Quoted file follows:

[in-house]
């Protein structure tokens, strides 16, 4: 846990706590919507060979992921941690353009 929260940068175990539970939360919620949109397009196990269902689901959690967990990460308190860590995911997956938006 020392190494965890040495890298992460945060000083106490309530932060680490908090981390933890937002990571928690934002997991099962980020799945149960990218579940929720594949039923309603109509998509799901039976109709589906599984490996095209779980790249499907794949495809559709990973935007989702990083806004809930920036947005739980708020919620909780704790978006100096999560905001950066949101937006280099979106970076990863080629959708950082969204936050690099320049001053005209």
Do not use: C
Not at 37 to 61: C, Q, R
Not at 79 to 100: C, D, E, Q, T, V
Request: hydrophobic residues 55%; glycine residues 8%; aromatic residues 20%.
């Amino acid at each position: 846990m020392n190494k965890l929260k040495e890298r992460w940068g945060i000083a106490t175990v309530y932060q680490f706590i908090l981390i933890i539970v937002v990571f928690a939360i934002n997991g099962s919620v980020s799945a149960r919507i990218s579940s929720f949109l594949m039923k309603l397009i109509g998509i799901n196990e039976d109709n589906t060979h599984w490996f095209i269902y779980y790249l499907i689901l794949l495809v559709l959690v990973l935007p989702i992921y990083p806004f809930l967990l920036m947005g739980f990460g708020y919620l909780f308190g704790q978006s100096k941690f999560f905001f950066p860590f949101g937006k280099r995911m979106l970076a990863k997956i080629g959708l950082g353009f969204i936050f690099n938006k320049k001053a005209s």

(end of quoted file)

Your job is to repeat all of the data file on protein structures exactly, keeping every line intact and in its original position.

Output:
[in-house]
């Protein structure tokens, strides 16, 4: 846990706590919507060979992921941690353009 929260940068175990539970939360919620949109397009196990269902689901959690967990990460308190860590995911997956938006 020392190494965890040495890298992460945060000083106490309530932060680490908090981390933890937002990571928690934002997991099962980020799945149960990218579940929720594949039923309603109509998509799901039976109709589906599984490996095209779980790249499907794949495809559709990973935007989702990083806004809930920036947005739980708020919620909780704790978006100096999560905001950066949101937006280099979106970076990863080629959708950082969204936050690099320049001053005209």
Do not use: C
Not at 37 to 61: C, Q, R
Not at 79 to 100: C, D, E, Q, T, V
Request: hydrophobic residues 55%; glycine residues 8%; aromatic residues 20%.
């Amino acid at each position: 846990m020392n190494k965890l929260k040495e890298r992460w940068g945060i000083a106490t175990v309530y932060q680490f706590i908090l981390i933890i539970v937002v990571f928690a939360i934002n997991g099962s919620v980020s799945a149960r919507i990218s579940s929720f949109l594949m039923k309603l397009i109509g998509i799901n196990e039976d109709n589906t060979h599984w490996f095209i269902y779980y790249l499907i689901l794949l495809v559709l959690v990973l935007p989702i992921y990083p806004f809930l967990l920036m947005g739980f990460g708020y919620l909780f308190g704790q978006s100096k941690f999560f905001f950066p860590f949101g937006k280099r995911m979106l970076a990863k997956i080629g959708l950082g353009f969204i936050f690099n938006k320049k001053a005209s």